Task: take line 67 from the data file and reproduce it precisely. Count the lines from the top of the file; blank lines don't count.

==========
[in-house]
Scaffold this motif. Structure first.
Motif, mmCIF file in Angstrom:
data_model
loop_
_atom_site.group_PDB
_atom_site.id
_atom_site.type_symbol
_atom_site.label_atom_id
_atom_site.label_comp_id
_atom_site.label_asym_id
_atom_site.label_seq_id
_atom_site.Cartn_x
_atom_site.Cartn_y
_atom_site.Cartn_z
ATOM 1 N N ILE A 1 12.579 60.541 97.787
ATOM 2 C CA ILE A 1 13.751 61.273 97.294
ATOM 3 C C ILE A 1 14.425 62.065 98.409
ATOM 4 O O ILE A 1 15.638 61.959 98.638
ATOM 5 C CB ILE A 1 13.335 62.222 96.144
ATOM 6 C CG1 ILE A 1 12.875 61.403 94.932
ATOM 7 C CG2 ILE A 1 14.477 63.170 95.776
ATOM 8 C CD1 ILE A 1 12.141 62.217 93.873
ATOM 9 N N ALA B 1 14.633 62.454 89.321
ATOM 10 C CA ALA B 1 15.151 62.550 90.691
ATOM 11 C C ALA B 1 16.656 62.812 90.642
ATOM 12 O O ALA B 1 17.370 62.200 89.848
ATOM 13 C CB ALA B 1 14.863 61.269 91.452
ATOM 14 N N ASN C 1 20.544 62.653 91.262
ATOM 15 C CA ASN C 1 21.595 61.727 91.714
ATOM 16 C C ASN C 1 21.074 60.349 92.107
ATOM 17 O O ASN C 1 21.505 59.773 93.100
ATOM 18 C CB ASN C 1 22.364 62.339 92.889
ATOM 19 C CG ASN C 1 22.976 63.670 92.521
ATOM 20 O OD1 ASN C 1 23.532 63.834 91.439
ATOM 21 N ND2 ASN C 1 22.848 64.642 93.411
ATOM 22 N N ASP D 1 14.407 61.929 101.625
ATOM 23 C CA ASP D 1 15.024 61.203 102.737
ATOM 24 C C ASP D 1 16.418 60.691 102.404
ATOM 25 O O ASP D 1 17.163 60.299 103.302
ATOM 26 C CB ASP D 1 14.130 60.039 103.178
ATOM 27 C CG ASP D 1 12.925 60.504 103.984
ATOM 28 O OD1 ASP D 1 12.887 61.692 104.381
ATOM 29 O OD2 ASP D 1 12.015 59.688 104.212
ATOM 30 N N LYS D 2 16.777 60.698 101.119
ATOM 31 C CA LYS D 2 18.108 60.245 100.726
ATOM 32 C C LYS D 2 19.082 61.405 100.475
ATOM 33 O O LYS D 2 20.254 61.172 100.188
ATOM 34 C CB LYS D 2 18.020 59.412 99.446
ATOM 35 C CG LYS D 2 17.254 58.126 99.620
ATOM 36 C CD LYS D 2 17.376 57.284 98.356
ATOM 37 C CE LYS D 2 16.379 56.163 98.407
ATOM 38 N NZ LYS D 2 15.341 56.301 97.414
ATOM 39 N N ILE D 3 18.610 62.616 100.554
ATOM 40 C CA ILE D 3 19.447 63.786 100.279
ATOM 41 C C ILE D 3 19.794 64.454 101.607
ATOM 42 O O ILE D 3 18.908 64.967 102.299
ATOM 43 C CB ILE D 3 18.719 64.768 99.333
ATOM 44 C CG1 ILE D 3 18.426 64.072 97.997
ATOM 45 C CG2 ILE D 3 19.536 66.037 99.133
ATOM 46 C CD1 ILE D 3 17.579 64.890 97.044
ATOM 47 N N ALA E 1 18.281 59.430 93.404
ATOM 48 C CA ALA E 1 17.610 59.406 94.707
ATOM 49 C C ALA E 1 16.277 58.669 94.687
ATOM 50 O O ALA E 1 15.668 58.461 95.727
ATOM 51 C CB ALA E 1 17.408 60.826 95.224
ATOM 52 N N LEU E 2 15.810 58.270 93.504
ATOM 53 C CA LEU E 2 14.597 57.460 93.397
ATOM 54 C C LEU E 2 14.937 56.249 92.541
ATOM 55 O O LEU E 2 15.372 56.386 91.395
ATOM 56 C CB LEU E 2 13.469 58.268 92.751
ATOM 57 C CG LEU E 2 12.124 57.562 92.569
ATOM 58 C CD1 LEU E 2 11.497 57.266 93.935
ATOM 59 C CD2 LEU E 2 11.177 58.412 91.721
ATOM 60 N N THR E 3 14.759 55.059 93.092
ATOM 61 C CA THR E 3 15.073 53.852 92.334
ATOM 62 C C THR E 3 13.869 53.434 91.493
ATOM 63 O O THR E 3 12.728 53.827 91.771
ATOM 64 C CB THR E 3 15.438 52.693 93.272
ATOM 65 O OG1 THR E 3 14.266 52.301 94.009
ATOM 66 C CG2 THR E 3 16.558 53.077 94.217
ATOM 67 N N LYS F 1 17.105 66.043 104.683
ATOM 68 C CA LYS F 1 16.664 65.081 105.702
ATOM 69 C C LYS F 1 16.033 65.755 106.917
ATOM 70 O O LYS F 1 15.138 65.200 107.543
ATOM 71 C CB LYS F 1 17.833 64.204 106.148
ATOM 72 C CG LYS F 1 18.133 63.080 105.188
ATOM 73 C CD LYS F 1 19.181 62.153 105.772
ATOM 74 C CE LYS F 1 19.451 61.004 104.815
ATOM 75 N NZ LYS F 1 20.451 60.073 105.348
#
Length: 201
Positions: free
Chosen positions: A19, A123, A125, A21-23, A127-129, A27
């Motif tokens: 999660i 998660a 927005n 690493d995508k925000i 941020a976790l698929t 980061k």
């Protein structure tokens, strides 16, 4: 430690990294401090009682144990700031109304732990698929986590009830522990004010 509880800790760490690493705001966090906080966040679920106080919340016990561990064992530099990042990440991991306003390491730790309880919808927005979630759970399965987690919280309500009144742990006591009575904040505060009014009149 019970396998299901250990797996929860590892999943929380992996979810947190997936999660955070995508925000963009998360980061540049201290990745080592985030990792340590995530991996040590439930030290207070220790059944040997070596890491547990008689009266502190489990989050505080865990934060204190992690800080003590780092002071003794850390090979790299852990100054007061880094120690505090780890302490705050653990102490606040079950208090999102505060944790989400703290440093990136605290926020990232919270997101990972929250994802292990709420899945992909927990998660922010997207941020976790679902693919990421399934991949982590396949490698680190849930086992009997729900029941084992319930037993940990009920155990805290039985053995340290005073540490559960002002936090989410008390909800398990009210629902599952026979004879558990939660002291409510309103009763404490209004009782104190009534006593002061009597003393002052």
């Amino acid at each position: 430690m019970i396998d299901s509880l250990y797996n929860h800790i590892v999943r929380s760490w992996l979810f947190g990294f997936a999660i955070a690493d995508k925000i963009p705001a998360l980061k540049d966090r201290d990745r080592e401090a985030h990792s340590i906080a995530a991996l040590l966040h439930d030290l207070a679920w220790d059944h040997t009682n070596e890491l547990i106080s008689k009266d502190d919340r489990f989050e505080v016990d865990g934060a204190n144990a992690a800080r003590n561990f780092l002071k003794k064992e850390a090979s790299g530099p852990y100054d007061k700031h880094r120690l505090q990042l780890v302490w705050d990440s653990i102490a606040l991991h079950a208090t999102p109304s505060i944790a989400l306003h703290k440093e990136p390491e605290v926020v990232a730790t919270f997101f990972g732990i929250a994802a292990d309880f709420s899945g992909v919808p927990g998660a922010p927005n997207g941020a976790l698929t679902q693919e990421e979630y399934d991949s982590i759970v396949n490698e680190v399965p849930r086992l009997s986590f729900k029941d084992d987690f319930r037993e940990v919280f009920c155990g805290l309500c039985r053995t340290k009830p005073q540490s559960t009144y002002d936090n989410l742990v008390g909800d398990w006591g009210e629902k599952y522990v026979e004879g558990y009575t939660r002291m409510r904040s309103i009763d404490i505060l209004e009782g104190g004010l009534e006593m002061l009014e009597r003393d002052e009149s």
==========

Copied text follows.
ATOM 52 N N LEU E 2 15.810 58.270 93.504